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Miranda Writes: Relationships, Part 4

by Omar Miranda

Attraction, attachment, and bonding1

Today I’d like us to turn our attention to how attraction, attachment, and bonding happen and why and how sex is such a powerful emotional, physical, and spiritual glue in a relationship and what happens if this glue is used outside of a committed one-guy, one-girl marriage relationship

When you have sex either before marriage or with somebody who is not your husband or wife, you end up sinning against yourself. In fact, the Bible says that there is no sin like sexual sin. What does that mean? This week we’re going to discuss that. Let’s start with that specific Bible passage. It’s found in 1 Corinthians 6:15-18: “Don’t you know that your bodies are part of the body of Christ? Is it right for me to join part of the body of Christ to a prostitute? No, it isn’t! Don’t you know that a man who does that becomes part of her body? The Scriptures say, ‘The two of them will be like one person.’ But anyone who is joined to the Lord is one in spirit with him. Don’t be immoral in matters of sex. That is a sin against your own body in a way that no other sin is” (CEV).2

Young people can develop early bonding to someone they find attractive. If they feel that “this is the one for me,” they can enter into progressively stronger and stronger physical contact with that person until they’ve had sexual intercourse and are then even more closely bonded to the person and “addicted” to having sex. Typically these early sexual relationships eventually break apart far more often than they succeed.

When a couple has sex, even if they go out for only a short time, research indicates that bonding does occur, even when a couple has had sex only one time! There is also evidence that when this sex/bonding/breaking-up cycle is repeated a few or many times—even when the bonding was short-lived—damage is done to the important, built-in ability to develop significant and meaningful connections to other human beings. The relationship that continues long-term experiences a bonding that, in a sense, glues the two people together for life. This bonding is partly a result of the oxytocin and vasopressin secreted into a girl’s and guy’s brains as a result of their contact with each other.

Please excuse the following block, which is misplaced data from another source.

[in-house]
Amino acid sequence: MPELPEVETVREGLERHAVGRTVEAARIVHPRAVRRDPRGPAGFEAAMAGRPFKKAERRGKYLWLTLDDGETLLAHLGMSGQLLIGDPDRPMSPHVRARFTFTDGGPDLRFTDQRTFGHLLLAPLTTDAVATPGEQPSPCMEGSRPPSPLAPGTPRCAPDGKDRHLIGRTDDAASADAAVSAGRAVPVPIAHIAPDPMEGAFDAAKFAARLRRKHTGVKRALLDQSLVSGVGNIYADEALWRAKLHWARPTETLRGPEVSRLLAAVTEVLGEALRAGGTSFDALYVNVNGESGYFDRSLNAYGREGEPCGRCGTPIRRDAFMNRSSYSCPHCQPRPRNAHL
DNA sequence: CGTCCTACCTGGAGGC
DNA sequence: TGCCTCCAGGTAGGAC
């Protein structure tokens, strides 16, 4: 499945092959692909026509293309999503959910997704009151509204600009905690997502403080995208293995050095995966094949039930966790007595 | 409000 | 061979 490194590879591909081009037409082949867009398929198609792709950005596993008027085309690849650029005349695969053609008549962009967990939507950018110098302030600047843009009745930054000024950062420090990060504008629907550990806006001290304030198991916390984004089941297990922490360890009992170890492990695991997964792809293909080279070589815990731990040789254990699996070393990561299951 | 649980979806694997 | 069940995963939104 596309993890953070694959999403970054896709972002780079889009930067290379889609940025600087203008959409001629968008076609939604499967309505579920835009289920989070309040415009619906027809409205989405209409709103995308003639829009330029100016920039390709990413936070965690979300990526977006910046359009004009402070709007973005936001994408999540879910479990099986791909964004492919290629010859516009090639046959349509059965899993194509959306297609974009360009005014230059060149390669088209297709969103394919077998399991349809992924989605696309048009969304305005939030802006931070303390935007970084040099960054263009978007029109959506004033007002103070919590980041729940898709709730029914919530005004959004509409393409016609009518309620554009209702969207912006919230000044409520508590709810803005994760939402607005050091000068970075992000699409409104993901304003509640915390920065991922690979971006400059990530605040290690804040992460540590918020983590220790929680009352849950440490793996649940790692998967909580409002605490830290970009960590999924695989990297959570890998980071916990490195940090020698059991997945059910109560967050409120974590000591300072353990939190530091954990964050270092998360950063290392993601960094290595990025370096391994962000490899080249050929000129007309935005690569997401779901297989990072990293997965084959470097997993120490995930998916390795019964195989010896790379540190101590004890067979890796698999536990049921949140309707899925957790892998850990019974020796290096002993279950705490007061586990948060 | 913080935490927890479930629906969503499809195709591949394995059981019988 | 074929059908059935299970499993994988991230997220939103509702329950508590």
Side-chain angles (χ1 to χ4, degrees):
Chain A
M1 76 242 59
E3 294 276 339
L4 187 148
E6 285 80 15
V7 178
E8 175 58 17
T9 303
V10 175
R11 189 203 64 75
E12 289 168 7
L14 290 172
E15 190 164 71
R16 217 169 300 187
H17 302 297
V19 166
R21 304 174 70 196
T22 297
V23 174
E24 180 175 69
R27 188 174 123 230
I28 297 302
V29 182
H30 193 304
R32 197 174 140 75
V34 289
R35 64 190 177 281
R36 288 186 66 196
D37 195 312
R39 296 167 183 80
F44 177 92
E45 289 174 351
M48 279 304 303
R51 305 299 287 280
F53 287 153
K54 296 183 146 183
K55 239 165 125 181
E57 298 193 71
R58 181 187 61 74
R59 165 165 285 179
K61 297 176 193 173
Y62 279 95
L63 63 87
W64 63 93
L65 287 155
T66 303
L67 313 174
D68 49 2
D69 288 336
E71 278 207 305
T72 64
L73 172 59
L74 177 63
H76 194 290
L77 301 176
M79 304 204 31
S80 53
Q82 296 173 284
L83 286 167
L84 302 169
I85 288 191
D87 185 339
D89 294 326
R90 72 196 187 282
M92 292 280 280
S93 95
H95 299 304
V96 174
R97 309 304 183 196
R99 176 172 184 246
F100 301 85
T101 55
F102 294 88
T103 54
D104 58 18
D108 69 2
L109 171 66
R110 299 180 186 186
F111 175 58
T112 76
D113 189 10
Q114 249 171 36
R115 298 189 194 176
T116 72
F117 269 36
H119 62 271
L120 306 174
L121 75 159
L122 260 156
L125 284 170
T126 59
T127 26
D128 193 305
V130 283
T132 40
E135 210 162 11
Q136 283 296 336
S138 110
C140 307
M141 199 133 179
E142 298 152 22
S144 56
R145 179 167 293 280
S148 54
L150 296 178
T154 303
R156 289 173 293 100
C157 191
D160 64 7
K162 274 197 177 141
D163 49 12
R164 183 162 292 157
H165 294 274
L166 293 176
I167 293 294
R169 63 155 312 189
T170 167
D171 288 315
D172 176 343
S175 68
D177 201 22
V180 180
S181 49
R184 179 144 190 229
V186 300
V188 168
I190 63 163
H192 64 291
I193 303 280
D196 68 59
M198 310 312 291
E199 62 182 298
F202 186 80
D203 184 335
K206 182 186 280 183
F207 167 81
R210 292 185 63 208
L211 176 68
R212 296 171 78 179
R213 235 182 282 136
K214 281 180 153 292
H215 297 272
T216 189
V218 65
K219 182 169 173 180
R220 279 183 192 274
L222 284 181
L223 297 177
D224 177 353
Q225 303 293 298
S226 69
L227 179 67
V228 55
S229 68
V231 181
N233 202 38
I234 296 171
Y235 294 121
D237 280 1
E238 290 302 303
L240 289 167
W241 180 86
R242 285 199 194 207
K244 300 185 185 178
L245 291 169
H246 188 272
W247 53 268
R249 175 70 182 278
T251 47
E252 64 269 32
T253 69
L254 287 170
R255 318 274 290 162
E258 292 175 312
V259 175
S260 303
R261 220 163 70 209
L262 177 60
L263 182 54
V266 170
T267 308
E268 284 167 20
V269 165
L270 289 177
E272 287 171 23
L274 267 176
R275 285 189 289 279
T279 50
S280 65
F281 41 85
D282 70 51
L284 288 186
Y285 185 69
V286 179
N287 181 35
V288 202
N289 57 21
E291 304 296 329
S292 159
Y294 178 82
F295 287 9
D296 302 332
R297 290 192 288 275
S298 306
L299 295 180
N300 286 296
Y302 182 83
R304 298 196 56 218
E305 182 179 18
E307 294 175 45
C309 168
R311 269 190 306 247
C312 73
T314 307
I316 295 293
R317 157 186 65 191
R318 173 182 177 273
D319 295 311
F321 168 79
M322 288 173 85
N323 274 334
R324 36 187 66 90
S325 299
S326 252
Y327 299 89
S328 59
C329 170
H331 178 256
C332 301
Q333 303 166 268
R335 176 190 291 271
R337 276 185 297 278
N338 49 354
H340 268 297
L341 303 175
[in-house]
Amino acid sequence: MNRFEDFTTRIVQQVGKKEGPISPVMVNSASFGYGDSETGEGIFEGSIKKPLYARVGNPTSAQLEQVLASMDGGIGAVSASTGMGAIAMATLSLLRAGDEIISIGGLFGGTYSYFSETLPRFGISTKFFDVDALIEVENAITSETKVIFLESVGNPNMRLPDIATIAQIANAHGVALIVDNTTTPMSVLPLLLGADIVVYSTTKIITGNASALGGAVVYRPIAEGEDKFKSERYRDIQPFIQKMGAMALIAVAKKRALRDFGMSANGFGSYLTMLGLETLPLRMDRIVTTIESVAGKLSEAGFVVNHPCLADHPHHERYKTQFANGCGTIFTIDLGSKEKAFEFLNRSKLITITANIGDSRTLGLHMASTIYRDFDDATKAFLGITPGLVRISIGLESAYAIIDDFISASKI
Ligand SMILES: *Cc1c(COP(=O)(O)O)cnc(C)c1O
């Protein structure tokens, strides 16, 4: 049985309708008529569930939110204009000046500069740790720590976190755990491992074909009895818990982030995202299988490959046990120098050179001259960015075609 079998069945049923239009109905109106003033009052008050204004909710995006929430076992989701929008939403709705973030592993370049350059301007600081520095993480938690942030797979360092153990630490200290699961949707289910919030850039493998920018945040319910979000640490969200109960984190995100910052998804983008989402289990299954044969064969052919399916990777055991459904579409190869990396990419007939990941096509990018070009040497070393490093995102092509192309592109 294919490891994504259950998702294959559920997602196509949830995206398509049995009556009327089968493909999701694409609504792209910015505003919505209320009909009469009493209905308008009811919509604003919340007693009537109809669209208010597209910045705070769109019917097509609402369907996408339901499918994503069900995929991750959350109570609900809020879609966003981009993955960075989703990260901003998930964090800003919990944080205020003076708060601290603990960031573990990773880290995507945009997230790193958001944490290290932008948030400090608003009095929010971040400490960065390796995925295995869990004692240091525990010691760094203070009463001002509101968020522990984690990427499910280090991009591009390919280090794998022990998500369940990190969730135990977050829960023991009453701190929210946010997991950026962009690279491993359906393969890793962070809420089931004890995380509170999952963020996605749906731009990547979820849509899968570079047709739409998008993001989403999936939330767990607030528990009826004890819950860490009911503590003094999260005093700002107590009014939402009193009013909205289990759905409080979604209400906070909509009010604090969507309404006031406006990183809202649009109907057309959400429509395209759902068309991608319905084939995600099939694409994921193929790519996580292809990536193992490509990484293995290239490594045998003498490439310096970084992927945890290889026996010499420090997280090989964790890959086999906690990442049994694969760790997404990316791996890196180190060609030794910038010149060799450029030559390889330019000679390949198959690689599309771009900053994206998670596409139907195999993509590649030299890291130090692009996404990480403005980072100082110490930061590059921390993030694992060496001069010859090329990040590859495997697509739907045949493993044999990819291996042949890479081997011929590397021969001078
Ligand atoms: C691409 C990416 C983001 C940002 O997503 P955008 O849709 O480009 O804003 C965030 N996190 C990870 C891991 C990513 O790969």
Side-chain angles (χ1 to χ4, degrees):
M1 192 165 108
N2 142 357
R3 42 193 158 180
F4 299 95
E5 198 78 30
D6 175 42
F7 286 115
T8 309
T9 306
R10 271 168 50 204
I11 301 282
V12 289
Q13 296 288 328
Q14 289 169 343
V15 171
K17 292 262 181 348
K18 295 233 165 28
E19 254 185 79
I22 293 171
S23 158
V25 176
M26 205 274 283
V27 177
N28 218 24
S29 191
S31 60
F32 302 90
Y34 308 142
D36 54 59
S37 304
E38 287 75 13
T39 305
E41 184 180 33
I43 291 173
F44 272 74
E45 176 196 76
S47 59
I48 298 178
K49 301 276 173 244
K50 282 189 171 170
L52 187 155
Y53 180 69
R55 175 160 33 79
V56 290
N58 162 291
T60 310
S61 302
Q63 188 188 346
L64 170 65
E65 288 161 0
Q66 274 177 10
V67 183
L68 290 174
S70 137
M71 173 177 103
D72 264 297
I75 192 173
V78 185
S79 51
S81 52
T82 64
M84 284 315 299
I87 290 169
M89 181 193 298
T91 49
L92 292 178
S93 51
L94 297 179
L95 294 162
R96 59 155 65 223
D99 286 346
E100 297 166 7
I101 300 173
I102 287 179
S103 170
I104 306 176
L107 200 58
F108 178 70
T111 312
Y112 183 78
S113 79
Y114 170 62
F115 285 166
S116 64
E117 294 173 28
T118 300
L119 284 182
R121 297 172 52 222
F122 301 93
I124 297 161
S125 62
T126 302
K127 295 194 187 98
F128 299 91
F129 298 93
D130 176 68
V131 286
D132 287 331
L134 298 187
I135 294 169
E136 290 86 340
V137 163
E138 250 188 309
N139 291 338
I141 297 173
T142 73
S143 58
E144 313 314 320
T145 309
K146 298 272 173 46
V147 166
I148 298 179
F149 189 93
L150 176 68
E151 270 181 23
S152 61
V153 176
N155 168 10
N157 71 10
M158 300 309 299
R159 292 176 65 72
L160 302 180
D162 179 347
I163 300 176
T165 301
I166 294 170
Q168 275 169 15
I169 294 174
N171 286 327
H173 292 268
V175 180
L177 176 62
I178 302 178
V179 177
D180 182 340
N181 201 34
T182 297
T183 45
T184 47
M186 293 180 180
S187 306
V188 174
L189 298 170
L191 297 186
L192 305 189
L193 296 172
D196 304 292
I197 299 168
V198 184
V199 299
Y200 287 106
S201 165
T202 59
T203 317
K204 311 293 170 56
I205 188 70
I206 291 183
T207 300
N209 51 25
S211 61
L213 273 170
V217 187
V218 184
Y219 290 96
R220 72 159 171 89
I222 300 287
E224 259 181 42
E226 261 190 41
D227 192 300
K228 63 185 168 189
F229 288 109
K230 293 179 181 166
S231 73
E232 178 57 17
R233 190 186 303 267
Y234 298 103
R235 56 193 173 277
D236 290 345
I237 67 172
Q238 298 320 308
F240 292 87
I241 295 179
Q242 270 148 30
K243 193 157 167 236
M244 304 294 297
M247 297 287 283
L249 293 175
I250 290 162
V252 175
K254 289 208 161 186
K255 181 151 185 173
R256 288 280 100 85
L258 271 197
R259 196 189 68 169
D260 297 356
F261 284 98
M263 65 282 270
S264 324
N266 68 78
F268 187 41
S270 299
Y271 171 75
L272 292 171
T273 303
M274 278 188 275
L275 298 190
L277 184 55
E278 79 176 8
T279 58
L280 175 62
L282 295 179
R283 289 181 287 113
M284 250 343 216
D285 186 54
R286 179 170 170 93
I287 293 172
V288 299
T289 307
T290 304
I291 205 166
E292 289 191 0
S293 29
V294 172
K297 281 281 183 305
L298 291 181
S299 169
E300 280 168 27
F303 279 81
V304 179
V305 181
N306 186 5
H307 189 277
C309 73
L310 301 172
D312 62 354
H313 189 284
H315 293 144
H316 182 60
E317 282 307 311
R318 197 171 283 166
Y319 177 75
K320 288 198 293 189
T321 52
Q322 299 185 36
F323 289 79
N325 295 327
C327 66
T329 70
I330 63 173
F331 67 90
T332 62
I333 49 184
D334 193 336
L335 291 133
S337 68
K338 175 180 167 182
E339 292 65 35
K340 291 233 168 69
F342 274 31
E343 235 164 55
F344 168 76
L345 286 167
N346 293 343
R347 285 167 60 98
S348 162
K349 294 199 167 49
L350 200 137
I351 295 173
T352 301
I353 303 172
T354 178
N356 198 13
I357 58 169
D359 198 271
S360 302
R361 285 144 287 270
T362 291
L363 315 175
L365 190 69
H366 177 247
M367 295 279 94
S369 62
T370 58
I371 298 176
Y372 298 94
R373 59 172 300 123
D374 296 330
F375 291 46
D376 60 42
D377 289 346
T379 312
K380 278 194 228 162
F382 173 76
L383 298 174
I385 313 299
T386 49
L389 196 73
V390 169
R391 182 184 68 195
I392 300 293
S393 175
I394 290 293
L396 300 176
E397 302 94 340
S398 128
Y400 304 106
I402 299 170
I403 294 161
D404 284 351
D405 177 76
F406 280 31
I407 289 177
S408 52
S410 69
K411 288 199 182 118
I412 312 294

But this natural process can be short-circuited. During the intense early romantic period a couple wants to be together. This togetherness can obviously include physical closeness. The physical closeness will normally produce sexual interest. If individuals in this early phase of their relationship spend time with intimate skin-to-skin closeness and then become sexually involved, it will activate the oxytocin- and vasopressin-induced bonding. However, when a short-term relationship breaks up—and certainly when an early intense romantic relationship breaks up—it is felt in the same brain centers that feel physical pain and can actually be seen on brain scans. Like any other powerful experience, an intense romantic relationship molds the mind. The bonding process can also be short-circuited by a couple progressing immediately to sex.

Thus, damage also occurs because anything we do involves the whole person, even if we don’t realize it. A selfish and manipulative person may have an intense desire to have sex with another person. To accomplish that goal, they may lie about being in love. It’s impossible to know if the desire someone has for sex can exist without any feelings of caring, love, or romance—that’s why it’s crucial to wait until marriage to have sex, when you can be sure of someone’s intentions. Making this distinction is something that takes some life experience to recognize—that’s why it’s important not even to go there and to steer clear of any compromising situations.